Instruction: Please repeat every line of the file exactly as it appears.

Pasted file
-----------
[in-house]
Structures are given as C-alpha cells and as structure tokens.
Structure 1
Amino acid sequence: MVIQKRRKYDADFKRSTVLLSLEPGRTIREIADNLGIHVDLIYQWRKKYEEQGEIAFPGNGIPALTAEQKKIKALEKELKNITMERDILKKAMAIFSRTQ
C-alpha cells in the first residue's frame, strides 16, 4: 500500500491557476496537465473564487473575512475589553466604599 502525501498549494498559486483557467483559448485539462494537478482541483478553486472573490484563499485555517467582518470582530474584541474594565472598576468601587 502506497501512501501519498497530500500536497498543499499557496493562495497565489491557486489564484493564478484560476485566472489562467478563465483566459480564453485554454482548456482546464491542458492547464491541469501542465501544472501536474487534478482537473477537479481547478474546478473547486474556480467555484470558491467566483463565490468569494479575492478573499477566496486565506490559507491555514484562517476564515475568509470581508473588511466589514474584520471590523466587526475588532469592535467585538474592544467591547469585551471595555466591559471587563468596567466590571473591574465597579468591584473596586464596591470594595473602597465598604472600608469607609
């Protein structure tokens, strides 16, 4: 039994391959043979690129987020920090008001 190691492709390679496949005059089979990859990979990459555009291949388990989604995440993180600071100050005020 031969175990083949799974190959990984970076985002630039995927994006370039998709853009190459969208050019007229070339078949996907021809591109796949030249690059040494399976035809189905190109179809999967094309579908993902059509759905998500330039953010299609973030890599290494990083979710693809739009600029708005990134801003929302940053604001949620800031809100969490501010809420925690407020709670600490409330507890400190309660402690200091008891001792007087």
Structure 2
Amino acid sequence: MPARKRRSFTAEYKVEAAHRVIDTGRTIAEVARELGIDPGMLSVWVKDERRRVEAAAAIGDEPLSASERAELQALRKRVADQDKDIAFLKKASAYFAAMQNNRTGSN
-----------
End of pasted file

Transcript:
[in-house]
Structures are given as C-alpha cells and as structure tokens.
Structure 1
Amino acid sequence: MVIQKRRKYDADFKRSTVLLSLEPGRTIREIADNLGIHVDLIYQWRKKYEEQGEIAFPGNGIPALTAEQKKIKALEKELKNITMERDILKKAMAIFSRTQ
C-alpha cells in the first residue's frame, strides 16, 4: 500500500491557476496537465473564487473575512475589553466604599 502525501498549494498559486483557467483559448485539462494537478482541483478553486472573490484563499485555517467582518470582530474584541474594565472598576468601587 502506497501512501501519498497530500500536497498543499499557496493562495497565489491557486489564484493564478484560476485566472489562467478563465483566459480564453485554454482548456482546464491542458492547464491541469501542465501544472501536474487534478482537473477537479481547478474546478473547486474556480467555484470558491467566483463565490468569494479575492478573499477566496486565506490559507491555514484562517476564515475568509470581508473588511466589514474584520471590523466587526475588532469592535467585538474592544467591547469585551471595555466591559471587563468596567466590571473591574465597579468591584473596586464596591470594595473602597465598604472600608469607609
């Protein structure tokens, strides 16, 4: 039994391959043979690129987020920090008001 190691492709390679496949005059089979990859990979990459555009291949388990989604995440993180600071100050005020 031969175990083949799974190959990984970076985002630039995927994006370039998709853009190459969208050019007229070339078949996907021809591109796949030249690059040494399976035809189905190109179809999967094309579908993902059509759905998500330039953010299609973030890599290494990083979710693809739009600029708005990134801003929302940053604001949620800031809100969490501010809420925690407020709670600490409330507890400190309660402690200091008891001792007087």
Structure 2
Amino acid sequence: MPARKRRSFTAEYKVEAAHRVIDTGRTIAEVARELGIDPGMLSVWVKDERRRVEAAAAIGDEPLSASERAELQALRKRVADQDKDIAFLKKASAYFAAMQNNRTGSN